Many singers asked Viktor to write tunes for them after that. The songs were almost universally optimistic, filled with warm-hearted metaphors about love, and often featuring an unusual plot twist and a happy ending. It could be a story of how a computer fell in love with an intern named Katya, or a father who told stories about dinosaurs, of a skydiver confessing his lack of confidence. Reznikov’s songs started a career for Larisa Dolina, who later became one of the most popular female pop-singers, and Tynis Myagi, a singer from the Estonian capital of Tallinn. In the 1980s Reznikov made his first appearance as a singer in a quartet alongside prominent actor Mikhail Boyarsky and their eight-year-old sons in the song ‘Dinozavriki’ (Baby Dinosaurs).

‘How to become a star’

In 1985, Viktor wrote several tracks for the movie ‘How to become a star.’ The film told the story of pop and rock music, and was narrated by Maksim Leonidov, a rising star of Russian pop, and a parrot who supposedly witnessed the rise of pop music. Accompanying Reznikov’s tracks was concert footage from Louis Armstrong, Lisa Minnelli and The Beatles, while the old parrot explained what it was like to be a star.  Never before had Russian cinephiles seen a Soviet film featuring Western pop music.

In 1988, Reznikov composed a funny song about a poltergeist, a heated topic of discussion for the emerging Soviet tabloids of the mid-1980s. ‘Domovoy’ (the Bogie) told the story of a ghost becoming a part of the family.  

The song was received warmly, but generally treated as a joke. It never became a big hit. But in 1989, Reznikov received a letter from New York promoter and nightclub owner Sam Albatello asking him to let his female trio The Cover girls perform the song. Viktor granted Albatello the rights. In 1991, The Cover Girls released the track ‘Don’t stop now’ over the original ‘Domovoy’ tune. The song stayed on Billboard magazine’s Top 5 chart for 17 weeks in a row, and was later picked by pop sensations like Rick Astley and Kylie Minogue. When Reznikov learned of this success he was stunned – no music critics had ever thought that a simple song like would climb so high on international pop charts.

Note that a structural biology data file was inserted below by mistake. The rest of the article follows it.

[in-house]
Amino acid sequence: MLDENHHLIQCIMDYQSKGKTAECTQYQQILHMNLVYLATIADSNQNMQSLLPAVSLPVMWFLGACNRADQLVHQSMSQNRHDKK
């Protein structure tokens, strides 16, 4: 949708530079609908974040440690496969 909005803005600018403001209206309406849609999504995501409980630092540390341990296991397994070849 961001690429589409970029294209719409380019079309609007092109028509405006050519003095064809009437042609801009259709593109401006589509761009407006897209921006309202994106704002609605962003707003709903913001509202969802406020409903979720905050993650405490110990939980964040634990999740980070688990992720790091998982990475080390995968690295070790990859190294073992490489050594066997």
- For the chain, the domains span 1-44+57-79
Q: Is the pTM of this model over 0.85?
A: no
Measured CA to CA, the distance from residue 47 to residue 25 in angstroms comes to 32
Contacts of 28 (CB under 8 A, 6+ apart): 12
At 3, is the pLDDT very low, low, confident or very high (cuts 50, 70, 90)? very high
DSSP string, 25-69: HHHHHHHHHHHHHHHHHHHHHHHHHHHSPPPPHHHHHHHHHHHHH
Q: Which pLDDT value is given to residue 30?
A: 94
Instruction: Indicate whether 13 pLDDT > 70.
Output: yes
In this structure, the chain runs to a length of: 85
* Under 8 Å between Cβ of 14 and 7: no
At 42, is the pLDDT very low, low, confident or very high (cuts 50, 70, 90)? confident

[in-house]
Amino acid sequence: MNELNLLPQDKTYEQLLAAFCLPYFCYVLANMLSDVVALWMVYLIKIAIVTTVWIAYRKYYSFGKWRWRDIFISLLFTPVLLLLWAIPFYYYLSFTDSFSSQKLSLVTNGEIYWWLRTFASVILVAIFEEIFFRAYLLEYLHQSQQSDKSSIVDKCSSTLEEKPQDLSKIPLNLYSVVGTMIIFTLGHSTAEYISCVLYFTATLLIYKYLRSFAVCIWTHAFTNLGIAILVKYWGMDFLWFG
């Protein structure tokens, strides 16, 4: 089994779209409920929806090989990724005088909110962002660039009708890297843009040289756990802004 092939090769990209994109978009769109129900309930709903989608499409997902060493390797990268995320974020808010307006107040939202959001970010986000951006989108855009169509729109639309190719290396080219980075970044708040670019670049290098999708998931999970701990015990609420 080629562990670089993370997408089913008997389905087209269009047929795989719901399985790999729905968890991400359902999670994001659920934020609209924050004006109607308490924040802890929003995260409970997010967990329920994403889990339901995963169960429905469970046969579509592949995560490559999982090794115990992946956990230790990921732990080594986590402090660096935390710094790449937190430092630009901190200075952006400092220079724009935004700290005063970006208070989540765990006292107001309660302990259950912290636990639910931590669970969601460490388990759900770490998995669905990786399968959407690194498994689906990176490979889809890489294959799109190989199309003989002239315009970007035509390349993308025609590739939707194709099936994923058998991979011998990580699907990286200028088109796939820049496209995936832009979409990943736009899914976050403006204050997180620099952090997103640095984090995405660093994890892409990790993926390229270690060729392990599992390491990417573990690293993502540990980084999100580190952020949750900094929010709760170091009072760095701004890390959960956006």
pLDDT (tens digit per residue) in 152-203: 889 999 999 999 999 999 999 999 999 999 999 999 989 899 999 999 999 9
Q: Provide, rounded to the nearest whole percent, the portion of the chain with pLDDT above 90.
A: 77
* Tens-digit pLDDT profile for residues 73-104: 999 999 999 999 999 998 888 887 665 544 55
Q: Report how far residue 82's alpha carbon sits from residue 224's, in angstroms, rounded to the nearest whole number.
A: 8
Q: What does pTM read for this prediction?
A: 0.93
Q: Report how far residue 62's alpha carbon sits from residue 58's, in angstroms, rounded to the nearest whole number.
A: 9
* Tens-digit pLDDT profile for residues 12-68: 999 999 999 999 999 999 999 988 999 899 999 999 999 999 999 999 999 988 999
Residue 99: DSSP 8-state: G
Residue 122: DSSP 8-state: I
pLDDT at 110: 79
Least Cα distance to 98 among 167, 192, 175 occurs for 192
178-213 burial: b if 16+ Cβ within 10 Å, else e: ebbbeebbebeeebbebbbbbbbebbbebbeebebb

Success did not change Viktor. Outside of his music career, he played in the StarKo soccer squad, composed of actors and singers. The team played with artists from other countries, and even toured the Soviet Union. The shows usually consisted of a game against a local professional team, followed by a concert. Viktor wanted to turn this project into an annual event.

On February 3, 1992, Viktor was driving his daughter Anya to his mother’s house. On the way, right next to his mother’s house, another car rammed into his at full speed. Anya was not hurt, but Viktor was very seriously injured in the accident. For ten days, the best doctors at St. Petersburg Military Medical Academy struggled to save his life. But on February 25, 1992, he died at the age of 39, having composed more than 100 songs over the course of his life.

Russia’s modern pop stars still sing Reznikov’s tunes. One of his most popular songs is called ‘Spasibo, rodnaya’ (‘Thank you, my darling’). It is a dedication to his Reznikov’s wife, Lyudmila. From 1992 to 2005, this tune saw several performers climb to the top of the Russian pop charts.

Written by Oleg Dmitriev, RT